A young soldier who found it nearly impossible to rent a home or obtain credit because of a bogus debt wrongly claimed by a telecommunications company is now facing a battle to claim his compensation.
In May, the Human Rights Review Tribunal ordered Orcon to pay $25,000 to soldier Brett James Taylor and train staff about the company's privacy obligations.
Mr Taylor and his partner Chloe Tasker battled Orcon over a bogus debt for three years and the tribunal chided Orcon for its handling of the young couple's case.
After the Herald reported on the tribunal's decision, Orcon made a public apology, but lawyer Shirley Taylor, Brett's mother, said the firm had made no contact with the family.
Ms Taylor said a bailiff had been employed to recover the money for her son, who was serving in the army.
"Rightly so he's been frustrated. The time for Orcon to appeal expired on the 14th of June."
A spokeswoman for Orcon said the company was waiting on a final costs determination from the tribunal.
"While the public decision ... has been made, the actual final costs haven't been officially confirmed," she said.
"As soon as they have got that all finalised ... they will absolutely honour the payment."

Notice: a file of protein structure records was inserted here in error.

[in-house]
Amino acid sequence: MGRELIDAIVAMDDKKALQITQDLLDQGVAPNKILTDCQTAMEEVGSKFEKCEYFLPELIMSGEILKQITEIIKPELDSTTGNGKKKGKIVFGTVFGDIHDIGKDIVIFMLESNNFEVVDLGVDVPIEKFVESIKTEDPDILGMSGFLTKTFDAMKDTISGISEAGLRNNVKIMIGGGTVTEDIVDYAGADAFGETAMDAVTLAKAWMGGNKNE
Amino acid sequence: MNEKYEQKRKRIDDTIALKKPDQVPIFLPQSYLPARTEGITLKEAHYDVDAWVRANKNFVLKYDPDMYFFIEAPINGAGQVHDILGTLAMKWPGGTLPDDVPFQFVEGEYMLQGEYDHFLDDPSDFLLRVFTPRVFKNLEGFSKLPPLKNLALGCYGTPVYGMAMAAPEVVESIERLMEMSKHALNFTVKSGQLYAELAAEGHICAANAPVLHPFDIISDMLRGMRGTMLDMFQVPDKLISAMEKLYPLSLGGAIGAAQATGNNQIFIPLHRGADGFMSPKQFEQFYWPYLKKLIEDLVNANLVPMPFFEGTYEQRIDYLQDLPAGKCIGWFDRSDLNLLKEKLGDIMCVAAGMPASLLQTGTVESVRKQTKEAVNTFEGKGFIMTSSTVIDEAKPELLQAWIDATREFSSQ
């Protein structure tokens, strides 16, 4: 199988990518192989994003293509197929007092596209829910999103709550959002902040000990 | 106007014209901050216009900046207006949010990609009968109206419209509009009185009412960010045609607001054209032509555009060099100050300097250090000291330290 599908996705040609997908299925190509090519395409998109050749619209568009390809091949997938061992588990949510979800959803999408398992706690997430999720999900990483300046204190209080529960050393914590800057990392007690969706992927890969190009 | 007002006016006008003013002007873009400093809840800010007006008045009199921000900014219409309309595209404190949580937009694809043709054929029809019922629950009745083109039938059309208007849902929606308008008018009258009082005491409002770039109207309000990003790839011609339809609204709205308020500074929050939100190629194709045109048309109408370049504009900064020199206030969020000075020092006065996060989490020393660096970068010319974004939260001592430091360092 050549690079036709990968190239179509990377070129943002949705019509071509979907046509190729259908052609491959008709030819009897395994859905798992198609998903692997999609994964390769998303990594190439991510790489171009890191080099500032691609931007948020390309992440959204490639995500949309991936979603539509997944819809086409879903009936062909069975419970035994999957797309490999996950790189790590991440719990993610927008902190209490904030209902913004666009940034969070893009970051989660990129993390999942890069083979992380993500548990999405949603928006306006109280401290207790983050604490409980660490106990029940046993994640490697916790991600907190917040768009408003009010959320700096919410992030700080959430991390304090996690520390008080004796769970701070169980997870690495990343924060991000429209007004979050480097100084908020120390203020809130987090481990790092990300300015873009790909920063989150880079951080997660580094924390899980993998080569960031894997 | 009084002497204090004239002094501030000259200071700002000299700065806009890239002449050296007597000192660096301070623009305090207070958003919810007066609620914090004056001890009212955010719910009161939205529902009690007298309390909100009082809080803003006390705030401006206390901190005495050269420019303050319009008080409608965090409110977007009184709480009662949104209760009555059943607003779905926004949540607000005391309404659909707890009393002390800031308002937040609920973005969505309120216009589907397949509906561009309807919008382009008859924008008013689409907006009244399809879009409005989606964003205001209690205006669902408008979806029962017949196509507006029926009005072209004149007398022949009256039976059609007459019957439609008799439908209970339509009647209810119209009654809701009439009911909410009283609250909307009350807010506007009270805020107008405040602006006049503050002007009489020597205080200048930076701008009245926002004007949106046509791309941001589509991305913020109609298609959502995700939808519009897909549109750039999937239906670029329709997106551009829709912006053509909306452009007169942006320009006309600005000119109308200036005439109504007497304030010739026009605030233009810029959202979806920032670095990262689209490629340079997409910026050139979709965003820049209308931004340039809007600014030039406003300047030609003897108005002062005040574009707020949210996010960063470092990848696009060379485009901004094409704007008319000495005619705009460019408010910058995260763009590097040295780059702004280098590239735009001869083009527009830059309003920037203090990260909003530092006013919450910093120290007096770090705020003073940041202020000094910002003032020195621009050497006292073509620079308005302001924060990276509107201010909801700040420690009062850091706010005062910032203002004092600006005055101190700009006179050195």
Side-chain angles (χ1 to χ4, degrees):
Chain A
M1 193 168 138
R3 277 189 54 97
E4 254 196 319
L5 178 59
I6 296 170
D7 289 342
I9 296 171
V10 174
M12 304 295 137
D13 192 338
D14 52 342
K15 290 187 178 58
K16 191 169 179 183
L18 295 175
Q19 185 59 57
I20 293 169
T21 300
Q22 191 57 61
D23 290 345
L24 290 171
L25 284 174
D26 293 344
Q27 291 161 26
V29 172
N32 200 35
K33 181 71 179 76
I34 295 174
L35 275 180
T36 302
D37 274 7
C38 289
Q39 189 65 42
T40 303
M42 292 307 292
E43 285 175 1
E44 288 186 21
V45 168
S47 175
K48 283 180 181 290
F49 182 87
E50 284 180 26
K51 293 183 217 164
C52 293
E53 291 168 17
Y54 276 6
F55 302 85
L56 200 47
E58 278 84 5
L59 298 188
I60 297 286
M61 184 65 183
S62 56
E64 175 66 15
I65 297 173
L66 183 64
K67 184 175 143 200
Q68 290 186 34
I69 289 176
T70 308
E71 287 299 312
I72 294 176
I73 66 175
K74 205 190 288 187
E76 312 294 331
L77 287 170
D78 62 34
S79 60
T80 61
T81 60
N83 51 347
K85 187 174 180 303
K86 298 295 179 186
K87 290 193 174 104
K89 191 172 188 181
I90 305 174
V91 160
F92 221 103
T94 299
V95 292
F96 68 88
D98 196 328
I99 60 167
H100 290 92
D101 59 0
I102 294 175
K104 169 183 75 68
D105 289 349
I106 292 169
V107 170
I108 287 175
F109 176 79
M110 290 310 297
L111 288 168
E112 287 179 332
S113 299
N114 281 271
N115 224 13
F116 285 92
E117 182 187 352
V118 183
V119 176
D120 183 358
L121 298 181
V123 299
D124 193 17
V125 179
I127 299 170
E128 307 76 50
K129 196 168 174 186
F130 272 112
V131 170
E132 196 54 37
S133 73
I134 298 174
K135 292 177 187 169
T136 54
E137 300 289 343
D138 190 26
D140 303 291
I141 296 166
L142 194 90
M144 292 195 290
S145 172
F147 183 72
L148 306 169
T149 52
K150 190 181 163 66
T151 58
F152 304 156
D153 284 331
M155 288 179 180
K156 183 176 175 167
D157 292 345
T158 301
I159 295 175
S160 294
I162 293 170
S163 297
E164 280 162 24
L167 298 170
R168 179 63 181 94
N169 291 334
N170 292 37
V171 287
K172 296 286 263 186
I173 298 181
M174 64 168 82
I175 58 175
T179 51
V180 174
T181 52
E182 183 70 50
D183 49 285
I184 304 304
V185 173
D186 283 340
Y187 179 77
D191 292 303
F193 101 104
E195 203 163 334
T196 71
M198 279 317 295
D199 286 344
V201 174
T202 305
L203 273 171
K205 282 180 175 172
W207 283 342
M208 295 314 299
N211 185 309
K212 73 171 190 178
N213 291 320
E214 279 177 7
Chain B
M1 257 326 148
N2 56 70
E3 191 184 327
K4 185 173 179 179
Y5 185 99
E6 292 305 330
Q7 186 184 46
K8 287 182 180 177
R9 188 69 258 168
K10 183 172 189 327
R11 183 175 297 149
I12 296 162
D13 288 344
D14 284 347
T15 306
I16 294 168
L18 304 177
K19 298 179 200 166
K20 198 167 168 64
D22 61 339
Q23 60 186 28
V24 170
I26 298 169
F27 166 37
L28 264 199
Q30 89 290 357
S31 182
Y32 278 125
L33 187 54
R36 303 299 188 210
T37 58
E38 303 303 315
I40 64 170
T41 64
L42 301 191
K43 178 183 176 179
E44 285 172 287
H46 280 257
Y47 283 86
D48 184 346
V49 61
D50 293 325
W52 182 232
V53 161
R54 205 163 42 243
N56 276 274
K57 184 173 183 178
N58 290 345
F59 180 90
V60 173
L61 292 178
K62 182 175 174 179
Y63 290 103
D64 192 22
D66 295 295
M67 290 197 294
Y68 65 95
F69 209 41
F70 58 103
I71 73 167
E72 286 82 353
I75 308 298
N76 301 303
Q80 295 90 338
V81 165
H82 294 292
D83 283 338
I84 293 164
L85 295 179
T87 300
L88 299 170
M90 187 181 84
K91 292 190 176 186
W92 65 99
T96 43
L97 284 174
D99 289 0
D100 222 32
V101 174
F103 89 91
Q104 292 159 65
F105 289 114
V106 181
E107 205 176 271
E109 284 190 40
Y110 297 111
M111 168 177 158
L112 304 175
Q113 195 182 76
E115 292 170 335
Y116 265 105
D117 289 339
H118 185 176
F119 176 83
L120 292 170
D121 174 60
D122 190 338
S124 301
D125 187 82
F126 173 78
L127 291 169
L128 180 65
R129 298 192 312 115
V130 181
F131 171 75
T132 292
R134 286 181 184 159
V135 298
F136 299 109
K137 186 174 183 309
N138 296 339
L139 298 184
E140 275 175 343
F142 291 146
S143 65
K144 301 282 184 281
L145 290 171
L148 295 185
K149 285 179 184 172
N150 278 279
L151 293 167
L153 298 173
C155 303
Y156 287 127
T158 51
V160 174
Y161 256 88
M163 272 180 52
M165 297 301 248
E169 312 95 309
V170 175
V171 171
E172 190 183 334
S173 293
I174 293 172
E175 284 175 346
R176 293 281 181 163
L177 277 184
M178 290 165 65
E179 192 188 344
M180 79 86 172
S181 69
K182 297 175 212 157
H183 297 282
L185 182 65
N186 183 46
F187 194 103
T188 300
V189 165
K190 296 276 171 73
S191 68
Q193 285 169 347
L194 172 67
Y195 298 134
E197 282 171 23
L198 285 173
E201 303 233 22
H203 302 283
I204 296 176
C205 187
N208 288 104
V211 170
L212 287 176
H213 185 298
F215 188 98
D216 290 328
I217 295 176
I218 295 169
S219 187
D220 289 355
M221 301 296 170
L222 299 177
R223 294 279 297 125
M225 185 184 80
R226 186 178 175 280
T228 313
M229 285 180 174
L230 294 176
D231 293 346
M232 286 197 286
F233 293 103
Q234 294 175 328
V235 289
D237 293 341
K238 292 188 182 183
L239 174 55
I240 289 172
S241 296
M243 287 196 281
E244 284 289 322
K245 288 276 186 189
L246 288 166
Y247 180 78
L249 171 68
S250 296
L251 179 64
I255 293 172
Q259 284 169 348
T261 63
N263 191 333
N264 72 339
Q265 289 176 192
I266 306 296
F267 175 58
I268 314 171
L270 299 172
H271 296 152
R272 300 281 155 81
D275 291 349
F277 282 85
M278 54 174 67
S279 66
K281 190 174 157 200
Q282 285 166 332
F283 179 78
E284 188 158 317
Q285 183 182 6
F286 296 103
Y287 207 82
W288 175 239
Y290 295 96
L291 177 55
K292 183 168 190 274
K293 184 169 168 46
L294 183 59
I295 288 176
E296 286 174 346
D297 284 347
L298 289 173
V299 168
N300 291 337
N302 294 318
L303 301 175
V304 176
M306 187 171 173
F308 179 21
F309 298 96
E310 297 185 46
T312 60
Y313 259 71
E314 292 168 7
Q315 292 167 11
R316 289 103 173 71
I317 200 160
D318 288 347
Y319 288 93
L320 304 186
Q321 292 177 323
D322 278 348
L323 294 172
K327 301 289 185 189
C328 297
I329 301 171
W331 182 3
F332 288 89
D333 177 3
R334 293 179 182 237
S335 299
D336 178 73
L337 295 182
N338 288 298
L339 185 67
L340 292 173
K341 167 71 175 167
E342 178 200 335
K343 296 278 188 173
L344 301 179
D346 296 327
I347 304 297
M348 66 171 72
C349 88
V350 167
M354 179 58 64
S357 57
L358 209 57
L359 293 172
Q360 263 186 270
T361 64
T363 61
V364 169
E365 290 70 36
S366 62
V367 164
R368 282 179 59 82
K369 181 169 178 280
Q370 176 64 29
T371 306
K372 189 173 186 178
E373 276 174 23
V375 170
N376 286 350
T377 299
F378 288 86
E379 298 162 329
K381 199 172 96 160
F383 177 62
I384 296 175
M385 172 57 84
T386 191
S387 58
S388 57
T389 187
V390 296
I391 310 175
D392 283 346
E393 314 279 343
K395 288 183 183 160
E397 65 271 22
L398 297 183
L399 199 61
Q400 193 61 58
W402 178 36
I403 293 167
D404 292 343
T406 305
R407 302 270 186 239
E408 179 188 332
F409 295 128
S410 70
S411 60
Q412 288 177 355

The tribunal awarded Mr Taylor damages of $10,000 for the loss of a benefit. Orcon was also told to pay $15,000 for humiliation, loss of dignity and injury to feelings.
Costs were reserved - but Ms Taylor said the orders for $25,000 stood regardless of any costs decision, and she was surprised it hadn't been paid.
The tribunal could not be reached for comment yesterday.
Mr Taylor told the tribunal he and Ms Tasker, who have a young daughter, found it nearly impossible to rent a home or get credit. The bogus debt also threatened his career.
The soldier said at one point the company's staff mocked him when he asked to speak with a manager. Instead, Orcon instructed Baycorp to recover $208.58 Mr Taylor was accused of owing.
The tribunal said Orcon seemed to have "little awareness" of the information privacy principles at stake. It also said the telco could not plausibly explain a nine-month delay after debt collectors Baycorp asked that the dispute be investigated.
A disputes resolution specialist earlier said the case should serve as a warning to companies.
"Orcon investigated this eventually and found there was nothing owing," said Alan Knowsley, partner at Rainey Collins lawyers. "If they'd done that investigation at the beginning, they would have saved themselves $25,000, plus a lot of legal costs, plus a lot of bad publicity."